• The once-per-lifetime limit will be hard to enforce and is at odds with the realities of making lifestyle change, the Council argued. No guidance is offered for what happens if a senior must interrupt the program for a medical or personal reason, or how in-person suppliers deal with “snowbirds” or other life-related events. Requiring a break between attempts is reasonable, the comment stated; tobacco cessation and obesity counseling programs offer good models.

Leaving Out Virtual Providers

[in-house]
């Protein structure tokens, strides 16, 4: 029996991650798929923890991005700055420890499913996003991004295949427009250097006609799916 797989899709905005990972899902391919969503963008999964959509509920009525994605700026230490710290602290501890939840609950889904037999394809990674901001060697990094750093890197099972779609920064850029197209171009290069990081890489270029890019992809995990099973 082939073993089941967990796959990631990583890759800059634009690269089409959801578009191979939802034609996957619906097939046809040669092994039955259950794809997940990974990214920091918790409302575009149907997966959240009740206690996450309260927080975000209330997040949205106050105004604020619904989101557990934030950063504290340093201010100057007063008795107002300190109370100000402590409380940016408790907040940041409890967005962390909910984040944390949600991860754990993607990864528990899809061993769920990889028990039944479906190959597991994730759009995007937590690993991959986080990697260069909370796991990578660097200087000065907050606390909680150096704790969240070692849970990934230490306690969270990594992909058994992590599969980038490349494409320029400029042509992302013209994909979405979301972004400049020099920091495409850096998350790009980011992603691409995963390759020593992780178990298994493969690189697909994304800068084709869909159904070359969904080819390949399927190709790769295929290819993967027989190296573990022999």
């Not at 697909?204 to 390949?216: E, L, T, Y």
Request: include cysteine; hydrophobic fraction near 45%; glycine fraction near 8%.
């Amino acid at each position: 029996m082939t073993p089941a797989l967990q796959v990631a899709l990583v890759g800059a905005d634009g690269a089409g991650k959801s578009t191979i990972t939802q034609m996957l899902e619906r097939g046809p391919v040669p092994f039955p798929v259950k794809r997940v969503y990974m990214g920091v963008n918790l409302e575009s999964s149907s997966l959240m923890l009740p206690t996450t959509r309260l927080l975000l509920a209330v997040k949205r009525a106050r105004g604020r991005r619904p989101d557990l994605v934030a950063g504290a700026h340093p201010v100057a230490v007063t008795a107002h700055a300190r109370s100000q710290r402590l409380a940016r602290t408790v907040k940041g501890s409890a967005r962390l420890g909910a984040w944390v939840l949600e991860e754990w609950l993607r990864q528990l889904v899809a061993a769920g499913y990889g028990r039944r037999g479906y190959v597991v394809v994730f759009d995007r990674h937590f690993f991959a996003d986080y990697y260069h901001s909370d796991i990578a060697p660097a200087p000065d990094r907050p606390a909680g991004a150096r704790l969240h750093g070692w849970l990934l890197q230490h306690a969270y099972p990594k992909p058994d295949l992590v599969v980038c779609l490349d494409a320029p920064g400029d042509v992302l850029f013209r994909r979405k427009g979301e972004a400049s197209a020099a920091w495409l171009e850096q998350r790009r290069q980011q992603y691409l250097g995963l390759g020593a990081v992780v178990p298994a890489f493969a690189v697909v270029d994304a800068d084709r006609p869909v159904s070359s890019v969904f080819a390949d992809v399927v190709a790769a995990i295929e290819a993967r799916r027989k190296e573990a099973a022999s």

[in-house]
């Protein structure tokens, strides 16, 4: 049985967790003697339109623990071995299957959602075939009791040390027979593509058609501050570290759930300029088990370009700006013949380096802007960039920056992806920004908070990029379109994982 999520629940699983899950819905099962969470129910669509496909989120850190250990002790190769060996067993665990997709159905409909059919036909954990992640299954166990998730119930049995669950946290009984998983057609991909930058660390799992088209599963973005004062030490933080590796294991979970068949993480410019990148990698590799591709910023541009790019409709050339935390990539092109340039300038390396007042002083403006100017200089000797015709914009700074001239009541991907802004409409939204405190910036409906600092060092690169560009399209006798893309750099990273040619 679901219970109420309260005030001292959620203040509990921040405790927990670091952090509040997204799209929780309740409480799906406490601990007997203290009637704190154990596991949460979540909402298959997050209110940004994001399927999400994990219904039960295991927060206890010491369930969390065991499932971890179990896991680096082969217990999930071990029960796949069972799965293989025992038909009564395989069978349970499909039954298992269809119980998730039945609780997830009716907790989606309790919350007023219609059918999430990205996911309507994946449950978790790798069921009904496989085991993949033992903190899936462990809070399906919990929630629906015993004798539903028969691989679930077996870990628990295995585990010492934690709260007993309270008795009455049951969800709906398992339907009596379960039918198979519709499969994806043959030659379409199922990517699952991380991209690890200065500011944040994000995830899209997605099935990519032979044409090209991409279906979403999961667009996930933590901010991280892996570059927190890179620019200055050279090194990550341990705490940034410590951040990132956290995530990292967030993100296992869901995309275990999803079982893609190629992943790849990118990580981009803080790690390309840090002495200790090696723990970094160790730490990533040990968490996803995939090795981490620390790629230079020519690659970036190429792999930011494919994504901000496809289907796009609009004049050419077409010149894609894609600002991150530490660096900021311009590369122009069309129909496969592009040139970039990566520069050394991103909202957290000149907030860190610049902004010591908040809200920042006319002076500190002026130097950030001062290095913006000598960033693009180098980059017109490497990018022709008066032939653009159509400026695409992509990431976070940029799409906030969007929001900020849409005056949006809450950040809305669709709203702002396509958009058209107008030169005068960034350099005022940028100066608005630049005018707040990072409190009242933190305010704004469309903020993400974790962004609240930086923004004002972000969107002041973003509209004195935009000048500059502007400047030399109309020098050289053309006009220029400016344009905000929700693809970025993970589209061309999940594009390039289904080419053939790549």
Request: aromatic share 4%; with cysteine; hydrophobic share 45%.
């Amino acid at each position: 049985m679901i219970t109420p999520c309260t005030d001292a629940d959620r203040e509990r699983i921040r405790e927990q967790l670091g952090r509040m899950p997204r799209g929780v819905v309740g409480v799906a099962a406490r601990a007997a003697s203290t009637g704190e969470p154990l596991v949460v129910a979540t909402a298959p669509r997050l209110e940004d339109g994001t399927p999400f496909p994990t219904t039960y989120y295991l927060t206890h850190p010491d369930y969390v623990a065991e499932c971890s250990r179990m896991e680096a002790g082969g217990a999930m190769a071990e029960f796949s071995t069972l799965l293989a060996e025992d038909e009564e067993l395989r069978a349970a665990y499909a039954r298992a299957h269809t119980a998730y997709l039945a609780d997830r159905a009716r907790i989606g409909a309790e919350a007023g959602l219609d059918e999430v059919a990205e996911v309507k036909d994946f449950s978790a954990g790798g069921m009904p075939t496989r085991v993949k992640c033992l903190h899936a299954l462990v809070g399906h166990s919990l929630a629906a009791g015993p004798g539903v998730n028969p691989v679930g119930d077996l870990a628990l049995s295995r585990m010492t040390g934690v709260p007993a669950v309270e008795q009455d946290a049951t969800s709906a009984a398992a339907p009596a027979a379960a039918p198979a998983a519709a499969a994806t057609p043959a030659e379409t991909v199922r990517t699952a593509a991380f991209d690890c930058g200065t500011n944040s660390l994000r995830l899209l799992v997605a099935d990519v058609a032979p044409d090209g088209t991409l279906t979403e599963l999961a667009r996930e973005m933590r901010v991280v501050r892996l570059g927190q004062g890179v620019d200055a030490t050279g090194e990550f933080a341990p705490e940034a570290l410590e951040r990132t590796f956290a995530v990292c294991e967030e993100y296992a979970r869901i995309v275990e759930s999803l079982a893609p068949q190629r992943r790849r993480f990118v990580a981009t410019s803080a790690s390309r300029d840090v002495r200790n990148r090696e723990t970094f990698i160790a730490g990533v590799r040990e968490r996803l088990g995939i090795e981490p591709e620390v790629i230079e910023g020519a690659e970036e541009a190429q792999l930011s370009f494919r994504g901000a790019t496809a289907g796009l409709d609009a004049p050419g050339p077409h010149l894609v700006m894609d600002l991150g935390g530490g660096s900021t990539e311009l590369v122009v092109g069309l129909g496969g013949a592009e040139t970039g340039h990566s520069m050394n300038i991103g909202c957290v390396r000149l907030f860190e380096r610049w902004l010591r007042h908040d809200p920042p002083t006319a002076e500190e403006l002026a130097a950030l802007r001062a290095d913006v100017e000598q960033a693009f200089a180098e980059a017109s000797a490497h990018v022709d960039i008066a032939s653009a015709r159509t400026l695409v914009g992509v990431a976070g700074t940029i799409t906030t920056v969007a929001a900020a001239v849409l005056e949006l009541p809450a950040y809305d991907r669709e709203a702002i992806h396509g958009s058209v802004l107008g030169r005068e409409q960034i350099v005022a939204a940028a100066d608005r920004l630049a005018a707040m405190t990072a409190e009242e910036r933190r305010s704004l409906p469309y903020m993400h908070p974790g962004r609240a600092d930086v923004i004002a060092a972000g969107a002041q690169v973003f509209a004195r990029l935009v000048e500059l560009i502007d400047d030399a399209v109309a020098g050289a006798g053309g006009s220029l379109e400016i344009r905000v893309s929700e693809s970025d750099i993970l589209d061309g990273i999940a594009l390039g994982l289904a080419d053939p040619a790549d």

The Council “takes great exception” to CMS’ decision to exclude virtual providers, including several that have achieved recognition from CDC. First, the comment asked CMS to make a distinction between digital providers who offer online coaching and support and a broader group of providers who may offer help over the phone or through video conferencing. But the comment doesn’t hide the shock this group experienced when CMS’ proposal limited their participation to 4 make-up sessions:

“Assuming CMS’ stated rationale that it lacks the requisite authority, this should have been made abundantly clear in 2016 and allayed any false hopes or anticipation of inclusion,” the comment read. “If indeed authority was lacking, CMS could have initiated a virtual model expansion last year to allow for more timely guidance for virtual providers.”